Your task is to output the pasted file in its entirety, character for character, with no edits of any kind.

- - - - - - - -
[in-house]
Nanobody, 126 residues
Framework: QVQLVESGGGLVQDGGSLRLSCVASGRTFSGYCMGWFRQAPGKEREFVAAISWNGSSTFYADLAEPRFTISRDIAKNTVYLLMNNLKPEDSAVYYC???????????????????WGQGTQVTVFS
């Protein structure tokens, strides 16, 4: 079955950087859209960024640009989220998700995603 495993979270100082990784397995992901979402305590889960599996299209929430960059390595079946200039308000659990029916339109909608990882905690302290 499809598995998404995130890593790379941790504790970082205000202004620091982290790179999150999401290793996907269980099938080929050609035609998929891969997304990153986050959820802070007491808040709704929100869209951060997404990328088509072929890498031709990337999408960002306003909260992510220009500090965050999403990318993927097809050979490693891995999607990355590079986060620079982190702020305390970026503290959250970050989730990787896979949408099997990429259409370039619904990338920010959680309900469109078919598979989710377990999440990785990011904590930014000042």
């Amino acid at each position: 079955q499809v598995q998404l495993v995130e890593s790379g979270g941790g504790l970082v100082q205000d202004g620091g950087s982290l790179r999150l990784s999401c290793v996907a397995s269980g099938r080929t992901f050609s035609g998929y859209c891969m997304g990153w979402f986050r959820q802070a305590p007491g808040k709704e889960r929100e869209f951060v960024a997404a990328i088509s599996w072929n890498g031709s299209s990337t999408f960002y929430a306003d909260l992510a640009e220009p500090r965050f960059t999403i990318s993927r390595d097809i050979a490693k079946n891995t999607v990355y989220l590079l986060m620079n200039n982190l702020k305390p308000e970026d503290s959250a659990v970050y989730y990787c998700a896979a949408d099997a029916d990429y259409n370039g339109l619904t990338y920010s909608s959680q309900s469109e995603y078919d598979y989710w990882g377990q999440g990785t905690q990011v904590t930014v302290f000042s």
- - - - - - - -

[in-house]
Nanobody, 126 residues
Framework: QVQLVESGGGLVQDGGSLRLSCVASGRTFSGYCMGWFRQAPGKEREFVAAISWNGSSTFYADLAEPRFTISRDIAKNTVYLLMNNLKPEDSAVYYC???????????????????WGQGTQVTVFS
């Protein structure tokens, strides 16, 4: 079955950087859209960024640009989220998700995603 495993979270100082990784397995992901979402305590889960599996299209929430960059390595079946200039308000659990029916339109909608990882905690302290 499809598995998404995130890593790379941790504790970082205000202004620091982290790179999150999401290793996907269980099938080929050609035609998929891969997304990153986050959820802070007491808040709704929100869209951060997404990328088509072929890498031709990337999408960002306003909260992510220009500090965050999403990318993927097809050979490693891995999607990355590079986060620079982190702020305390970026503290959250970050989730990787896979949408099997990429259409370039619904990338920010959680309900469109078919598979989710377990999440990785990011904590930014000042």
């Amino acid at each position: 079955q499809v598995q998404l495993v995130e890593s790379g979270g941790g504790l970082v100082q205000d202004g620091g950087s982290l790179r999150l990784s999401c290793v996907a397995s269980g099938r080929t992901f050609s035609g998929y859209c891969m997304g990153w979402f986050r959820q802070a305590p007491g808040k709704e889960r929100e869209f951060v960024a997404a990328i088509s599996w072929n890498g031709s299209s990337t999408f960002y929430a306003d909260l992510a640009e220009p500090r965050f960059t999403i990318s993927r390595d097809i050979a490693k079946n891995t999607v990355y989220l590079l986060m620079n200039n982190l702020k305390p308000e970026d503290s959250a659990v970050y989730y990787c998700a896979a949408d099997a029916d990429y259409n370039g339109l619904t990338y920010s909608s959680q309900s469109e995603y078919d598979y989710w990882g377990q999440g990785t905690q990011v904590t930014v302290f000042s």